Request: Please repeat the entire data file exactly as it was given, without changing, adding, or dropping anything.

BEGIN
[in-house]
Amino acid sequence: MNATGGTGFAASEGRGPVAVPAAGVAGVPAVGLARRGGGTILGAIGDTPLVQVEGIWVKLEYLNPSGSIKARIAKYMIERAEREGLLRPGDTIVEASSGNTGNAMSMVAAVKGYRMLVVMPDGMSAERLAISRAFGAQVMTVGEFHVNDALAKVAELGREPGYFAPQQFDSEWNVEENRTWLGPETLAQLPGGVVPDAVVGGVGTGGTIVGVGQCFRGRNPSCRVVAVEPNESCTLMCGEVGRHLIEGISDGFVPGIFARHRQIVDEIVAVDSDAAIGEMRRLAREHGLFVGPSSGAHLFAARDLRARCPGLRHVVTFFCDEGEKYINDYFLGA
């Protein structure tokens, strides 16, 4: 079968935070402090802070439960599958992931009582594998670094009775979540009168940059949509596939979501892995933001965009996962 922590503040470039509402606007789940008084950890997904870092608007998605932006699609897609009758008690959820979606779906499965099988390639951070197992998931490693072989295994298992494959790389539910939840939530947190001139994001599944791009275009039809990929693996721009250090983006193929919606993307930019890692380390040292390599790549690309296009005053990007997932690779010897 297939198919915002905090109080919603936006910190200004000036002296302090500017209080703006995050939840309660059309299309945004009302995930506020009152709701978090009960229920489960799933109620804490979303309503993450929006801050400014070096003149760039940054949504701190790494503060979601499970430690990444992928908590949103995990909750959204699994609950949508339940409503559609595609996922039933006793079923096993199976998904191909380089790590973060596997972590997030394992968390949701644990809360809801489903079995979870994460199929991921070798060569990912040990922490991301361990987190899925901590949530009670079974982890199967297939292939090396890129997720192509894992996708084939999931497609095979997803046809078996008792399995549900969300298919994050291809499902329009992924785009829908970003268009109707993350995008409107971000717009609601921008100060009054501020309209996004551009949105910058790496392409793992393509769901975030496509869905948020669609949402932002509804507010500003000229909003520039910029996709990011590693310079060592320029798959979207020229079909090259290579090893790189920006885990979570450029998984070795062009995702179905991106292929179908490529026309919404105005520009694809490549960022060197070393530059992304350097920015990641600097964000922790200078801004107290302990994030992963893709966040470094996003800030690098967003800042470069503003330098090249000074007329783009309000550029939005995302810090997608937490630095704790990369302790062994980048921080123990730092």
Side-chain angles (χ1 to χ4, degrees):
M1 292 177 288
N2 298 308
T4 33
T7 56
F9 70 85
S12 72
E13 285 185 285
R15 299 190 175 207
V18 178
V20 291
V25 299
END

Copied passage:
[in-house]
Amino acid sequence: MNATGGTGFAASEGRGPVAVPAAGVAGVPAVGLARRGGGTILGAIGDTPLVQVEGIWVKLEYLNPSGSIKARIAKYMIERAEREGLLRPGDTIVEASSGNTGNAMSMVAAVKGYRMLVVMPDGMSAERLAISRAFGAQVMTVGEFHVNDALAKVAELGREPGYFAPQQFDSEWNVEENRTWLGPETLAQLPGGVVPDAVVGGVGTGGTIVGVGQCFRGRNPSCRVVAVEPNESCTLMCGEVGRHLIEGISDGFVPGIFARHRQIVDEIVAVDSDAAIGEMRRLAREHGLFVGPSSGAHLFAARDLRARCPGLRHVVTFFCDEGEKYINDYFLGA
């Protein structure tokens, strides 16, 4: 079968935070402090802070439960599958992931009582594998670094009775979540009168940059949509596939979501892995933001965009996962 922590503040470039509402606007789940008084950890997904870092608007998605932006699609897609009758008690959820979606779906499965099988390639951070197992998931490693072989295994298992494959790389539910939840939530947190001139994001599944791009275009039809990929693996721009250090983006193929919606993307930019890692380390040292390599790549690309296009005053990007997932690779010897 297939198919915002905090109080919603936006910190200004000036002296302090500017209080703006995050939840309660059309299309945004009302995930506020009152709701978090009960229920489960799933109620804490979303309503993450929006801050400014070096003149760039940054949504701190790494503060979601499970430690990444992928908590949103995990909750959204699994609950949508339940409503559609595609996922039933006793079923096993199976998904191909380089790590973060596997972590997030394992968390949701644990809360809801489903079995979870994460199929991921070798060569990912040990922490991301361990987190899925901590949530009670079974982890199967297939292939090396890129997720192509894992996708084939999931497609095979997803046809078996008792399995549900969300298919994050291809499902329009992924785009829908970003268009109707993350995008409107971000717009609601921008100060009054501020309209996004551009949105910058790496392409793992393509769901975030496509869905948020669609949402932002509804507010500003000229909003520039910029996709990011590693310079060592320029798959979207020229079909090259290579090893790189920006885990979570450029998984070795062009995702179905991106292929179908490529026309919404105005520009694809490549960022060197070393530059992304350097920015990641600097964000922790200078801004107290302990994030992963893709966040470094996003800030690098967003800042470069503003330098090249000074007329783009309000550029939005995302810090997608937490630095704790990369302790062994980048921080123990730092």
Side-chain angles (χ1 to χ4, degrees):
M1 292 177 288
N2 298 308
T4 33
T7 56
F9 70 85
S12 72
E13 285 185 285
R15 299 190 175 207
V18 178
V20 291
V25 299